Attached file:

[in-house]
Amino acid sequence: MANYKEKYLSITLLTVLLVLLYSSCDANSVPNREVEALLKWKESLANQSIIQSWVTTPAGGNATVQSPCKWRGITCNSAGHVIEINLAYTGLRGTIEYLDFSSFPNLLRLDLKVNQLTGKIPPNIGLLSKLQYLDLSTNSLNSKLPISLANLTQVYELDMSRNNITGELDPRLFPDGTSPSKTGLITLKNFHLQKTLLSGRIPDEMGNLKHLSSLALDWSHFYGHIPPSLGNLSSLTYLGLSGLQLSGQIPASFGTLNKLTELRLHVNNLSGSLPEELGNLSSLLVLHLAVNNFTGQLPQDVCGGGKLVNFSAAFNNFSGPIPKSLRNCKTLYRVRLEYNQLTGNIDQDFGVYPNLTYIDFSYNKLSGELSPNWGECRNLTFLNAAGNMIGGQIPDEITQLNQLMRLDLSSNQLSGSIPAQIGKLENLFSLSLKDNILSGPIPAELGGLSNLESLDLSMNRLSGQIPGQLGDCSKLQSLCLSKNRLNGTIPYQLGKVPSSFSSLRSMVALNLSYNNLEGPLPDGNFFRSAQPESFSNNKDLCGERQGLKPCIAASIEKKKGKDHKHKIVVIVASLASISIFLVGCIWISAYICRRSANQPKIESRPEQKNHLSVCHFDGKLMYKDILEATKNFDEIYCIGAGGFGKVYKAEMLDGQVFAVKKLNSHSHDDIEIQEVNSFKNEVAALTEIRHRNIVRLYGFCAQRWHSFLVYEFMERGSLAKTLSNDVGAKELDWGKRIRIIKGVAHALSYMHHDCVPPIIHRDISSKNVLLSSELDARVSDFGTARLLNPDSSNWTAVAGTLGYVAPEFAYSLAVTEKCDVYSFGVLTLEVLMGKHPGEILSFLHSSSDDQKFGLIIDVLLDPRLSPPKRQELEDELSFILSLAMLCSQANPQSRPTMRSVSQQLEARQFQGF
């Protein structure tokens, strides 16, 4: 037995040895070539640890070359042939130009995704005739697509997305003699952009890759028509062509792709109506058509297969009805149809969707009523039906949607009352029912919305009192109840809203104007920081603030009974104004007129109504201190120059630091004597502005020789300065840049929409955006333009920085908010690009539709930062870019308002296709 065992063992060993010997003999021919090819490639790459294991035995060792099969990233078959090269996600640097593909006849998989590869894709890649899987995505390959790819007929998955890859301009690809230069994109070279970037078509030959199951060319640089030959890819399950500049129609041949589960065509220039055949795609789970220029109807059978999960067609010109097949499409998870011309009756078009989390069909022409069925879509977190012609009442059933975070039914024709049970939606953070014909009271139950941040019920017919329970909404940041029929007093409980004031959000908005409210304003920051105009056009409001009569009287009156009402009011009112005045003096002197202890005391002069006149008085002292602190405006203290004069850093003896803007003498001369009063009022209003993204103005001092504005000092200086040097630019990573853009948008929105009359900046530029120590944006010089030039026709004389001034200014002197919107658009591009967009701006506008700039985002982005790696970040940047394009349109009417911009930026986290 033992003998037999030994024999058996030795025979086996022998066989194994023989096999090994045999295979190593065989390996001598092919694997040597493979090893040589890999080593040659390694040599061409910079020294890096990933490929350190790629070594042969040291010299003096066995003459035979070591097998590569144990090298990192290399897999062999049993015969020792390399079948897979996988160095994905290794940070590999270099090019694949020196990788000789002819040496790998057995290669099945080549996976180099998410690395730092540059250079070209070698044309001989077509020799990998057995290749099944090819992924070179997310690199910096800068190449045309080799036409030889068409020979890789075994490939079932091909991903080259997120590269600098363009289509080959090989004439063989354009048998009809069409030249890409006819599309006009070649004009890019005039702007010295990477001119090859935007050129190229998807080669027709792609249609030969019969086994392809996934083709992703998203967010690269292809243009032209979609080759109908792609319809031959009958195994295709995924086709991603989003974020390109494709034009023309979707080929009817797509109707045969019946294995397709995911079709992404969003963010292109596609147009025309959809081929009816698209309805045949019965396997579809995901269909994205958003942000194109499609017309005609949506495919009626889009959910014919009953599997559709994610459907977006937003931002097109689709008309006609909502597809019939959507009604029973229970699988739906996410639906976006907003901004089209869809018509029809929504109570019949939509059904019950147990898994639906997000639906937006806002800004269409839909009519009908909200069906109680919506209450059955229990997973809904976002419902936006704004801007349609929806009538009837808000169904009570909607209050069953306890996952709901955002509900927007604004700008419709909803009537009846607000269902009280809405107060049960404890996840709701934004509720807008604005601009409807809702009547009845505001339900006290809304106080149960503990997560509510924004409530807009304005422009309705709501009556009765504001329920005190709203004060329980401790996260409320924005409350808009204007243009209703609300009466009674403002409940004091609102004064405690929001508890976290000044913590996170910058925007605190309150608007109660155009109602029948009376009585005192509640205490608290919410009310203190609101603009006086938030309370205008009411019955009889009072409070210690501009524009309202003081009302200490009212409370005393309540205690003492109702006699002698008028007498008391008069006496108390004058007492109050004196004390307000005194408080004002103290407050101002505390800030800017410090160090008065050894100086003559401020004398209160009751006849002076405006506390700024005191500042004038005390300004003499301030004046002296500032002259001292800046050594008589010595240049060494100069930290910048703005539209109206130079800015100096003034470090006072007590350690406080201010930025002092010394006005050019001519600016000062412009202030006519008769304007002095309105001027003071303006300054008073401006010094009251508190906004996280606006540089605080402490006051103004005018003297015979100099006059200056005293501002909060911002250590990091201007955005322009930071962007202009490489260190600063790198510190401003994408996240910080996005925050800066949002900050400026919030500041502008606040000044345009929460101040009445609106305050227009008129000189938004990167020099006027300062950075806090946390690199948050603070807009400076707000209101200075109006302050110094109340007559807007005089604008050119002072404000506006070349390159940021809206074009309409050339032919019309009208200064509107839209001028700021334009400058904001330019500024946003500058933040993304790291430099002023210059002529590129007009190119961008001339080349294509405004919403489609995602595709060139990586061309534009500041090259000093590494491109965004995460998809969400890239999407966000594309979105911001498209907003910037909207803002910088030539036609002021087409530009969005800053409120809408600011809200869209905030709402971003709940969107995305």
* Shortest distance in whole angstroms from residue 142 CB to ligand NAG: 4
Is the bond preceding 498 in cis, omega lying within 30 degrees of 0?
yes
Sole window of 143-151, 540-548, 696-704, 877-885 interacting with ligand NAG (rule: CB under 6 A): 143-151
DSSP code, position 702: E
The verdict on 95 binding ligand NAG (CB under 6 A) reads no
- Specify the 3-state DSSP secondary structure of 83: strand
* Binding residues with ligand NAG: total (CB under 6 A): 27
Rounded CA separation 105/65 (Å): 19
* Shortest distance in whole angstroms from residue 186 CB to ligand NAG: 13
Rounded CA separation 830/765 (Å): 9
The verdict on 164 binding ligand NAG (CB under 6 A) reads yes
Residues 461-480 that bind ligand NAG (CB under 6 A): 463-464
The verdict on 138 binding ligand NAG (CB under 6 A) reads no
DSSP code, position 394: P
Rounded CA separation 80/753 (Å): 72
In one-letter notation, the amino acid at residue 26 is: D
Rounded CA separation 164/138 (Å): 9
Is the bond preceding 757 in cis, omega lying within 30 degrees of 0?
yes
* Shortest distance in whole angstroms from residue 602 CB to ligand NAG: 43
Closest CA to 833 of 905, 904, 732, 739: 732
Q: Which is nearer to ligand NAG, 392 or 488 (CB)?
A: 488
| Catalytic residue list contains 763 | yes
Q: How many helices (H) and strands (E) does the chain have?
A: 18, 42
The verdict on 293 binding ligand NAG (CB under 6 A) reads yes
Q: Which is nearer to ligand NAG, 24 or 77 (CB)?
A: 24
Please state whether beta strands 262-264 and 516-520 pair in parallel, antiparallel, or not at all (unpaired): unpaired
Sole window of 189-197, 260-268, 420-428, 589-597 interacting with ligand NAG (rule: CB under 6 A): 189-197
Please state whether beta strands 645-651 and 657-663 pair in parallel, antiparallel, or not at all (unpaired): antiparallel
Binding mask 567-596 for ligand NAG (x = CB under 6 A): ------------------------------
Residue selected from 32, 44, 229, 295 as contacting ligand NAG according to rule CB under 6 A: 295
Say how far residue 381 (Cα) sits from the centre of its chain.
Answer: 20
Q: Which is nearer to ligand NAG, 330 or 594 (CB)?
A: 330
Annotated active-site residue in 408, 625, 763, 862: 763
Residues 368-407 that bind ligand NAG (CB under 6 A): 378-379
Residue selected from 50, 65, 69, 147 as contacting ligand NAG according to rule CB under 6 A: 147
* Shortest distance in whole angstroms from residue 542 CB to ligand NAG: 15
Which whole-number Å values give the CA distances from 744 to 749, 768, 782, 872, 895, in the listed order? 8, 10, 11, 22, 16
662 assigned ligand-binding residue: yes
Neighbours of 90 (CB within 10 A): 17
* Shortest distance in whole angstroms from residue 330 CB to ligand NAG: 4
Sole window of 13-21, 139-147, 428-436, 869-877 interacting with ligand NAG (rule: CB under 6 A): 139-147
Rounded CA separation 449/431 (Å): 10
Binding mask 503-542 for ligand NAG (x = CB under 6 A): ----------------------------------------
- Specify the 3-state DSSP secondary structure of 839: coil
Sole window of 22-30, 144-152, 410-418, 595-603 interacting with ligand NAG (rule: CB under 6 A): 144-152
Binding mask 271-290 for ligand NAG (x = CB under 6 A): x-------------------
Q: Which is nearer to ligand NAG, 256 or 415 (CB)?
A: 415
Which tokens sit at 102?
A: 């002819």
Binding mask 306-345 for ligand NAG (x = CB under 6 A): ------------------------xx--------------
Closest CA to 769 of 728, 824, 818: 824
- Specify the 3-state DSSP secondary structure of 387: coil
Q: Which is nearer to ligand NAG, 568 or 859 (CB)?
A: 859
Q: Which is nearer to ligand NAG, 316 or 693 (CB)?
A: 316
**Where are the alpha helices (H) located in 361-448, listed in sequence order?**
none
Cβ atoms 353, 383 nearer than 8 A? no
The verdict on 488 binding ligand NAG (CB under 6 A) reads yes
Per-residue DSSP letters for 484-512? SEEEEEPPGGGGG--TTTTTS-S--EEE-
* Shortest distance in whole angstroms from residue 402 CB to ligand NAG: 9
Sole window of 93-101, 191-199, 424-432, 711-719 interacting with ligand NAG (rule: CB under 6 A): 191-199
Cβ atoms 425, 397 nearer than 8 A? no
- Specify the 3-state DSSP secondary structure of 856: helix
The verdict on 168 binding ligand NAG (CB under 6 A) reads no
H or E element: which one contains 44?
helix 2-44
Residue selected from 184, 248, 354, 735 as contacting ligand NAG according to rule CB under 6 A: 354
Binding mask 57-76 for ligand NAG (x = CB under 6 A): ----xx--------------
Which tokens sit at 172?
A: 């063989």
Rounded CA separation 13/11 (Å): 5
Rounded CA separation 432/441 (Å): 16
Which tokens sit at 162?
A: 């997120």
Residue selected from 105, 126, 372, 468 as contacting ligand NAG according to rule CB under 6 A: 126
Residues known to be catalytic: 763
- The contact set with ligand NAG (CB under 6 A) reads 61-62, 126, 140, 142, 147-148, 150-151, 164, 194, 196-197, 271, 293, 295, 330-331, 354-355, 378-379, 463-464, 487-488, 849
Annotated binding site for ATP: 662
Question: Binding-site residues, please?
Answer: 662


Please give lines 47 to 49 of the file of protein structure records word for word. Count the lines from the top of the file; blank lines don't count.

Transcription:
Which whole-number Å values give the CA distances from 744 to 749, 768, 782, 872, 895, in the listed order? 8, 10, 11, 22, 16
662 assigned ligand-binding residue: yes
Neighbours of 90 (CB within 10 A): 17